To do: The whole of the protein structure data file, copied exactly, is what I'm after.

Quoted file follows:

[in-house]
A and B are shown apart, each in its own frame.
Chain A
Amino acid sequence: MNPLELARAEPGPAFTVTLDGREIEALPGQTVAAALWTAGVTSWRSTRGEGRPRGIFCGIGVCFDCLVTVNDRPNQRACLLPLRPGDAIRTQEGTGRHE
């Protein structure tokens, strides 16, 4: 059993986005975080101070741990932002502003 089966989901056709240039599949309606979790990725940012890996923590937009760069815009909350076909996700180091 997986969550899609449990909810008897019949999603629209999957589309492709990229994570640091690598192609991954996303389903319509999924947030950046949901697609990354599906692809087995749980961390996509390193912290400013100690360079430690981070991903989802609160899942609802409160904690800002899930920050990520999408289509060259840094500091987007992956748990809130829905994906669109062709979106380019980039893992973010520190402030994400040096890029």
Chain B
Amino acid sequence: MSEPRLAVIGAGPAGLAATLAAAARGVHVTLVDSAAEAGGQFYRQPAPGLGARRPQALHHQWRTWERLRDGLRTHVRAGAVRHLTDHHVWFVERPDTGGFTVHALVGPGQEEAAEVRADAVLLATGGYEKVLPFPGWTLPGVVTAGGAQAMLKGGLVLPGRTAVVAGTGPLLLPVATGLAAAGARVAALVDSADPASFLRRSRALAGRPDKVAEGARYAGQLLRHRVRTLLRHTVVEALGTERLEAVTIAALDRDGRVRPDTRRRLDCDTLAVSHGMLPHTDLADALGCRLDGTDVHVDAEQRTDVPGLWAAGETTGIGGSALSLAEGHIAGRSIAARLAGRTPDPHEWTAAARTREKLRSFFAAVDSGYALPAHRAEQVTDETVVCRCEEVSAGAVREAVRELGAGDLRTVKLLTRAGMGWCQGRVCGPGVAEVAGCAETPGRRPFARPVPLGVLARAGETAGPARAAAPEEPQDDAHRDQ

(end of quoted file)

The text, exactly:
[in-house]
A and B are shown apart, each in its own frame.
Chain A
Amino acid sequence: MNPLELARAEPGPAFTVTLDGREIEALPGQTVAAALWTAGVTSWRSTRGEGRPRGIFCGIGVCFDCLVTVNDRPNQRACLLPLRPGDAIRTQEGTGRHE
């Protein structure tokens, strides 16, 4: 059993986005975080101070741990932002502003 089966989901056709240039599949309606979790990725940012890996923590937009760069815009909350076909996700180091 997986969550899609449990909810008897019949999603629209999957589309492709990229994570640091690598192609991954996303389903319509999924947030950046949901697609990354599906692809087995749980961390996509390193912290400013100690360079430690981070991903989802609160899942609802409160904690800002899930920050990520999408289509060259840094500091987007992956748990809130829905994906669109062709979106380019980039893992973010520190402030994400040096890029």
Chain B
Amino acid sequence: MSEPRLAVIGAGPAGLAATLAAAARGVHVTLVDSAAEAGGQFYRQPAPGLGARRPQALHHQWRTWERLRDGLRTHVRAGAVRHLTDHHVWFVERPDTGGFTVHALVGPGQEEAAEVRADAVLLATGGYEKVLPFPGWTLPGVVTAGGAQAMLKGGLVLPGRTAVVAGTGPLLLPVATGLAAAGARVAALVDSADPASFLRRSRALAGRPDKVAEGARYAGQLLRHRVRTLLRHTVVEALGTERLEAVTIAALDRDGRVRPDTRRRLDCDTLAVSHGMLPHTDLADALGCRLDGTDVHVDAEQRTDVPGLWAAGETTGIGGSALSLAEGHIAGRSIAARLAGRTPDPHEWTAAARTREKLRSFFAAVDSGYALPAHRAEQVTDETVVCRCEEVSAGAVREAVRELGAGDLRTVKLLTRAGMGWCQGRVCGPGVAEVAGCAETPGRRPFARPVPLGVLARAGETAGPARAAAPEEPQDDAHRDQ